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- GDP (PPP):
- $231.4 billion
- 0.4% growth
- -0.2% 5-year compound annual growth
- $42,165 per capita
- Inflation (CPI):
- FDI Inflow:
Finland’s economic freedom score is 74.1, making its economy the 26th freest in the 2018 Index. Its overall score has increased by 0.1 point, with improvements in the fiscal health and government spending indicators outweighing declines in labor freedom and property rights. Finland is ranked 15th among 44 countries in the Europe region, and its overall score is above the regional and world averages.
Were it not for extraordinarily high levels of government spending, Finland would likely rank among the world’s 10 freest economies. The government’s main challenges now are to restore fiscal sustainability and reduce high labor costs, boosting productivity in traditional industries and demand for exports. The quality of the legal framework is among the world’s highest, providing effective protection of property rights. The rule of law is well maintained, and a strong tradition of minimum tolerance for corruption continues.
Formerly part of Sweden and later the Russian Empire, Finland gained independence in 1917, joined the European Union in 1995, and adopted the euro in 1999. Prime Minister Juha Sipilä of the Center Party formed a coalition with the Eurosceptic conservative Finns Party and center-right National Coalition Party following elections in 2015. In 2017, after the Finns Party split in two, a newly formed New Alternative Group kept the coalition from collapsing. The economy centers on manufacturing, principally in the wood, metals, telecommunications, and electronics industries. Exports account for over one-third of GDP and have been negatively affected by sanctions on Russia’s struggling economy. Growth has also been hampered by an aging population and the decline of key companies.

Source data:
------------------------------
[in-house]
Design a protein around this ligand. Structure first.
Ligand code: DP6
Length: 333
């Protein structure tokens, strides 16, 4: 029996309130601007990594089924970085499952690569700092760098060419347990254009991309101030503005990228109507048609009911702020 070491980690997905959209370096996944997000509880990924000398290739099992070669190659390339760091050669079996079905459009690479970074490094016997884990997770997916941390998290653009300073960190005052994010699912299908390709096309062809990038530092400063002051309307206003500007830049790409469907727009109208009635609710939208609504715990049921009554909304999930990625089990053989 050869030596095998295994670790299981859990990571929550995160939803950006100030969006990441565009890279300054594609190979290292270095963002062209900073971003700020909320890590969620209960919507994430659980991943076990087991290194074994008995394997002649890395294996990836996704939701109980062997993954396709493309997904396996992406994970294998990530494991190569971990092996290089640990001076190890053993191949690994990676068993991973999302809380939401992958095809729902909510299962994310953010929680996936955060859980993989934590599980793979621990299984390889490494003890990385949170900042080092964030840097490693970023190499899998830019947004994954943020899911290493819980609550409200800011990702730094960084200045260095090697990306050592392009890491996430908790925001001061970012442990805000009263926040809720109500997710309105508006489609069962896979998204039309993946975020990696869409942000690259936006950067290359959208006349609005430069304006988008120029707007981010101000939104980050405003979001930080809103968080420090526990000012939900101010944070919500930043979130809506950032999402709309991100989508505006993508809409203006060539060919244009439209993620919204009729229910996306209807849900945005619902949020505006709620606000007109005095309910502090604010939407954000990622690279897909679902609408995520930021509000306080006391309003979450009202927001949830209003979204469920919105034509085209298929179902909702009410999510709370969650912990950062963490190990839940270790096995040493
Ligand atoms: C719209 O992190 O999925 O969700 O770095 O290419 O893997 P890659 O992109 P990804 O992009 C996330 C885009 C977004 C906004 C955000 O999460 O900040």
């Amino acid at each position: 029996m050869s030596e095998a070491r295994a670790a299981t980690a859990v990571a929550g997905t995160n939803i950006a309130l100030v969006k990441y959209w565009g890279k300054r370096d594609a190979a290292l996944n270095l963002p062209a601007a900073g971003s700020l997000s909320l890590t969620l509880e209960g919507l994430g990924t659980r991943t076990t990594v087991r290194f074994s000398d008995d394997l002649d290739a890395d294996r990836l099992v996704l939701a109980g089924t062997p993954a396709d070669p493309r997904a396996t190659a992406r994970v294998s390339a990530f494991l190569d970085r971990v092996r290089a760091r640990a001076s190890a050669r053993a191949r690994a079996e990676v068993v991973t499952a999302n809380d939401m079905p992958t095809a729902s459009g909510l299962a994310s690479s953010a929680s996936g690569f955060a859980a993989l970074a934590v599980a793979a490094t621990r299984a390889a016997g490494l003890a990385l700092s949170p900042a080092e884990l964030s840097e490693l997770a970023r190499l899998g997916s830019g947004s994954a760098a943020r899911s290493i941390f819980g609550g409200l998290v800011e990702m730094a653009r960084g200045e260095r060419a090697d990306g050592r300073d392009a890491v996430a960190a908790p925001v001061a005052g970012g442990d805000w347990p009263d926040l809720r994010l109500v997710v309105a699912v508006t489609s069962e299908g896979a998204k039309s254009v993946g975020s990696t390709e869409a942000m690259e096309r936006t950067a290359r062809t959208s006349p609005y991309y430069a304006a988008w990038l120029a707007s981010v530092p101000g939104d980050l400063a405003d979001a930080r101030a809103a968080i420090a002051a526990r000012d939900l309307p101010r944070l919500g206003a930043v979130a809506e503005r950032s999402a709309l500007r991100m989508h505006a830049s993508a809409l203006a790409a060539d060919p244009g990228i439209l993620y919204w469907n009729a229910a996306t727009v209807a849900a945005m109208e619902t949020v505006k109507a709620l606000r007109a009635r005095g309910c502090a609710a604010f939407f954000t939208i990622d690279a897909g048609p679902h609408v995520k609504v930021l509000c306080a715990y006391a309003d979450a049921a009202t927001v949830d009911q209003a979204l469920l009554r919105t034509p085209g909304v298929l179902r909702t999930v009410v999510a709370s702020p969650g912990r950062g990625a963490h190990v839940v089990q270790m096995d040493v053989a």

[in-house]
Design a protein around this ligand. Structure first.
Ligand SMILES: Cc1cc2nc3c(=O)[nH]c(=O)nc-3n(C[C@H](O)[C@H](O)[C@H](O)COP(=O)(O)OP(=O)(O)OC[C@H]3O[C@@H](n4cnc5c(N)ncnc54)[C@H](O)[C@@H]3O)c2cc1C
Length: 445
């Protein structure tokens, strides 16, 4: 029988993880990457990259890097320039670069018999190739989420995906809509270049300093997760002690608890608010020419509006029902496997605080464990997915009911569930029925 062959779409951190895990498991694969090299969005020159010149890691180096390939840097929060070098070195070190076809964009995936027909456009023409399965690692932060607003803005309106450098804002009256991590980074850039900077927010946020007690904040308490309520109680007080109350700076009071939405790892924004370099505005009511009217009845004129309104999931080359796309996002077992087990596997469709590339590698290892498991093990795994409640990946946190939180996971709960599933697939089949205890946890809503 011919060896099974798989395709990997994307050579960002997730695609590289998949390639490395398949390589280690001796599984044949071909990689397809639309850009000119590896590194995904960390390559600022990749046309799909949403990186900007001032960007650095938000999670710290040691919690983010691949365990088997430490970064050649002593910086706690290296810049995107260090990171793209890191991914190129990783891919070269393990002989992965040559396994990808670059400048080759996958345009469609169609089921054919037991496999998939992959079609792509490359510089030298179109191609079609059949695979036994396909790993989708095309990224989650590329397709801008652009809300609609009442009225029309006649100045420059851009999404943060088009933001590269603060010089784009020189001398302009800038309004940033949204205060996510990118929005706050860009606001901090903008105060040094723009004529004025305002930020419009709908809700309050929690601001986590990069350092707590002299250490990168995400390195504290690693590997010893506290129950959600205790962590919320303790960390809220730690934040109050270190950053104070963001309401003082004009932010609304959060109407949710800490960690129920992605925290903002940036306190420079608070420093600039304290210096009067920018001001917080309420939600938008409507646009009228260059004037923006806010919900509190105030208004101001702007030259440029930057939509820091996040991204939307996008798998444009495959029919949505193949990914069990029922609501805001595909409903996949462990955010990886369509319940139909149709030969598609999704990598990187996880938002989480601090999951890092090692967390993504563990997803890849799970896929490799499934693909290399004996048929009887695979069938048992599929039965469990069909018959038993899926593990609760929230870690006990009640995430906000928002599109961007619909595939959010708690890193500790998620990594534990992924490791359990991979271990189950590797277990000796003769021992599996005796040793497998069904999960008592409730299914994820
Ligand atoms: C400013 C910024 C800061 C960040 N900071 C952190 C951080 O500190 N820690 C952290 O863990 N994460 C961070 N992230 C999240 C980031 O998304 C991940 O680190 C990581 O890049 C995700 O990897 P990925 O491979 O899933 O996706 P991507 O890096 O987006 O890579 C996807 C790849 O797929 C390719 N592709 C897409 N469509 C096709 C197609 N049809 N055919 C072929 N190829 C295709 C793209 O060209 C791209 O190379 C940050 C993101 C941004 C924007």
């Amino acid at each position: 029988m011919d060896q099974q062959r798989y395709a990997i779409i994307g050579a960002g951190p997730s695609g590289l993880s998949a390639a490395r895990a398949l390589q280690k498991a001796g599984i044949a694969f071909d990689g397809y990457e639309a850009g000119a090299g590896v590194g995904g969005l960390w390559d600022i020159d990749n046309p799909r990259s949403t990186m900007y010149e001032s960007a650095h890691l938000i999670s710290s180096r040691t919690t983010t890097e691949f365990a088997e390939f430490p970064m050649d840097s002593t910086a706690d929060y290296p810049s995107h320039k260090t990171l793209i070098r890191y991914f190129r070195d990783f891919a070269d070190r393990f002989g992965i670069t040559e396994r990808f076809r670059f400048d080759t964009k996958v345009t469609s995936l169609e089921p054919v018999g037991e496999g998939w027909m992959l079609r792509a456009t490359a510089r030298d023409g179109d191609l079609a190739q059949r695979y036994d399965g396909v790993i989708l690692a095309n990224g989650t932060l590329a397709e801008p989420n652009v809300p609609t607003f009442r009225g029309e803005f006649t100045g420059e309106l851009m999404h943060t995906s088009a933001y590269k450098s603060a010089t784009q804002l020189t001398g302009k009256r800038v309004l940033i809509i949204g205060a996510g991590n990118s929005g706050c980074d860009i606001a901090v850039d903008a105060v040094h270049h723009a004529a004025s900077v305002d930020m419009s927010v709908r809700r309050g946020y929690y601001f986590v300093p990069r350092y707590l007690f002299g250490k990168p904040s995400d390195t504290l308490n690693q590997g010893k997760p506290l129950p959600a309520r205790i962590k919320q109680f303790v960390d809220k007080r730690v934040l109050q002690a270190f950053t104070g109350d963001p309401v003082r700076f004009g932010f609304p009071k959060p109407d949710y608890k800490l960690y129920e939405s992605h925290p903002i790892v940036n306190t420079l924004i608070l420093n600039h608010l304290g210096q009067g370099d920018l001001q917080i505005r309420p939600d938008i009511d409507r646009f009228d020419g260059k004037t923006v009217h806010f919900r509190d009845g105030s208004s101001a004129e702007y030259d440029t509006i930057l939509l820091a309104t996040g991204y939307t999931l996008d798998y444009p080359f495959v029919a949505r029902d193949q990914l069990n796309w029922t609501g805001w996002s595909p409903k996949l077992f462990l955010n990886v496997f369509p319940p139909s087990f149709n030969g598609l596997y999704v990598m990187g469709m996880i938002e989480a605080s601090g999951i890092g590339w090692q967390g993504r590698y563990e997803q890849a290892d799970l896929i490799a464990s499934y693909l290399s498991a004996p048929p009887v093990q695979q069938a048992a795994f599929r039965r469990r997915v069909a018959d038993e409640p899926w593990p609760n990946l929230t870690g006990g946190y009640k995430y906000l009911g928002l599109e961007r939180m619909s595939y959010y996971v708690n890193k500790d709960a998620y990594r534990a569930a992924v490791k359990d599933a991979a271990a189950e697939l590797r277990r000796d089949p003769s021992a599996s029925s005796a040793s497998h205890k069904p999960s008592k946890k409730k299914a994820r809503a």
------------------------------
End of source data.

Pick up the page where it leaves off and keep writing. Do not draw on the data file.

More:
Finland maintains one of the world’s strongest regimes for the protection of property rights and adheres to many international agreements that aim to protect intellectual property. Contractual agreements are strictly honored. The quality of the judiciary is generally high. Corruption is not a significant problem in Finland, which was ranked third out of 176 countries surveyed in Transparency International’s 2016 Corruption Perceptions Index.
The top personal income tax rate is 31.8 percent, and the top corporate tax rate is 20 percent. Other taxes include value-added and capital income taxes. The overall tax burden equals 44.0 percent of total domestic income. Over the past three years, government spending has amounted to 57.1 percent of total output (GDP), and budget deficits have averaged 2.6 percent of GDP. Public debt is equivalent to 63.6 percent of GDP.
The efficient business framework is conducive to innovation and productivity growth. Labor regulations remain rigid. The severance payment scheme is still costly, despite incremental reforms in 2016. Approximately 90 percent of employees engage in collective bargaining. Implementation of the center-right government’s reform plan to reduce subsidies has slowed as populist anti-austerity sentiment has grown.
Trade is significant for Finland’s economy; the combined value of exports and imports equals 72 percent of GDP. The average applied tariff rate is 1.6 percent. Nontariff barriers impede some trade. In general, government policies do not significantly interfere with foreign investment. State-owned enterprises operate in several sectors. The well-developed financial system remains competitive and provides a wide range of services.